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Galvez: Dengvaxia arrest warrants ‘changed everything’ in COVID jab talks

By Deighton Acuin

PHOTO: Manila Bulletin

An official said Friday the arrest warrants over the Dengvaxia vaccine controversy has “changed everything” in negotiations to secure coronavirus vaccine doses, as the Philippines still unsure on when the vaccination program will start.

Vaccine Czar Carlito Galvez Jr. said the drugmakers are afraid to suffer the same controversy as the French Sanofi Pasteur pharmaceuticals faced lawsuits over Dengvaxia inoculation that allegedly caused severe dengue symptoms among its recipients.

Earlier, arrest warrants were issued on three Sanofi officials regarding the issue.

“Nag-change iyong situation, we have to understand. Iyong nangyari sa warrant of arrest sa Sanofi, it has great implications on our procurement, really,” Galvez said.

“It changed everything, iyong lahat ng agreement namin. It changed everything.”

The absence of indemnification agreement has caused delay in arrival of batches containing 117,000 doses from United States pharmaceutical firm Pfizer-BioNTech through COVAX Facility. The deal, according to Galvez, would protect producers from lawsuits in case of side effects on individuals who will receive doses.

On Thursday, the vaccine czar said the deal was not required in initial negotiations with Pfizer.

“Para po sa kaalaman ng lahat, noong unang negotiation namin, hindi po iyan po hinihingi ng Pfizer—just now. Kaya medyo nabigla po kami,” he said in a separate briefing.

Galvez added the country signed an indemnity agreement with COVAX Facility and needs to sign another agreement with Pfizer.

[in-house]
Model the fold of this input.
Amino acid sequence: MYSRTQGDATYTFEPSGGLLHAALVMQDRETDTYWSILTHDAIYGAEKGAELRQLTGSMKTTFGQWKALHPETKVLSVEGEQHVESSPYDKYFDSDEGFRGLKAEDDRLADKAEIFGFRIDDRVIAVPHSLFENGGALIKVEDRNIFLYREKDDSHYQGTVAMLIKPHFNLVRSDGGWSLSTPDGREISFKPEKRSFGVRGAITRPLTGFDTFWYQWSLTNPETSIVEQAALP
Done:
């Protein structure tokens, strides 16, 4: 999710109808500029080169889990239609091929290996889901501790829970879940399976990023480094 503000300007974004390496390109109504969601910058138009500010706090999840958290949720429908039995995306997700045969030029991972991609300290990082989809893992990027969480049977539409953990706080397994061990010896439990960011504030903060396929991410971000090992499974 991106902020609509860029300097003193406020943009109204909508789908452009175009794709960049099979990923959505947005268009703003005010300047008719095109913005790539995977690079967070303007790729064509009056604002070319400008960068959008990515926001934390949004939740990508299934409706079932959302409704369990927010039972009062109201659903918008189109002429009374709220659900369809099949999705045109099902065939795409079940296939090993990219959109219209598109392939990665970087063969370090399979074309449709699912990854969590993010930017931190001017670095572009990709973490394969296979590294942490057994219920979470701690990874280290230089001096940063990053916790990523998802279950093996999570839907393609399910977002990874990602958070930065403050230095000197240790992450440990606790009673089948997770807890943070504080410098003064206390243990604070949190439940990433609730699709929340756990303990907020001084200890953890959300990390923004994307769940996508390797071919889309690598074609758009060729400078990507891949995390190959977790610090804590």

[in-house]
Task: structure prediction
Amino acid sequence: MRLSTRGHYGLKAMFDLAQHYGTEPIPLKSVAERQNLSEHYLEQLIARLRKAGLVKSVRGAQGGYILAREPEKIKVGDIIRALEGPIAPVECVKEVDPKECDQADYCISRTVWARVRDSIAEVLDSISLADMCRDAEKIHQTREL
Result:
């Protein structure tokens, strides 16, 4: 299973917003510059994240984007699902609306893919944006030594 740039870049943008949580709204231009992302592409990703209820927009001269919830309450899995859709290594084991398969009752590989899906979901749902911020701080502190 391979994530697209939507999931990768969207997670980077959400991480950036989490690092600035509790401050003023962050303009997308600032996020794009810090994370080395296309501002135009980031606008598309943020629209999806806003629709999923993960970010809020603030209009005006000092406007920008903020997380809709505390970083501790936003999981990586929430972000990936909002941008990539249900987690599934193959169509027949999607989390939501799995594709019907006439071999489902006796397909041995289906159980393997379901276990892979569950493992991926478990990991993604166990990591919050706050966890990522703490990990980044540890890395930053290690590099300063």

Asked if the initial Pfizer shots could still arrive in February, Galvez said, “I cannot say anything yet kasi ongoing pa iyong ating meeting with Pfizer lawyers, and sa ngayon, we are trying hard.”

“We will work out talaga na mayroong darating this coming February,” he added.

The Philippines is “almost on the top of the priority not only for Pfizer, but also for AstraZeneca,” Galvez said, quoting the GAVI alliance that coordinates the COVAX Facility with the World Health Organization.

He added the shipments were delayed globally,” not just in the Philippines, due to top 3 contributors that failed to meet promised production.

“There is still hope. Kaya lang, sinasabi nga nila na (but they say) we should be patient and our expectation should not be that much because they are still learning,” he said. 

The Philippines has not yet received any of the 148 million COVID-19 shots that it hopes to give to around 70 million people this year. 

Further delays in the vaccination drive could derail economic recovery after the country's worst contraction on record last year, when it slumped 9.5 percent, the biggest decline in Southeast Asia.


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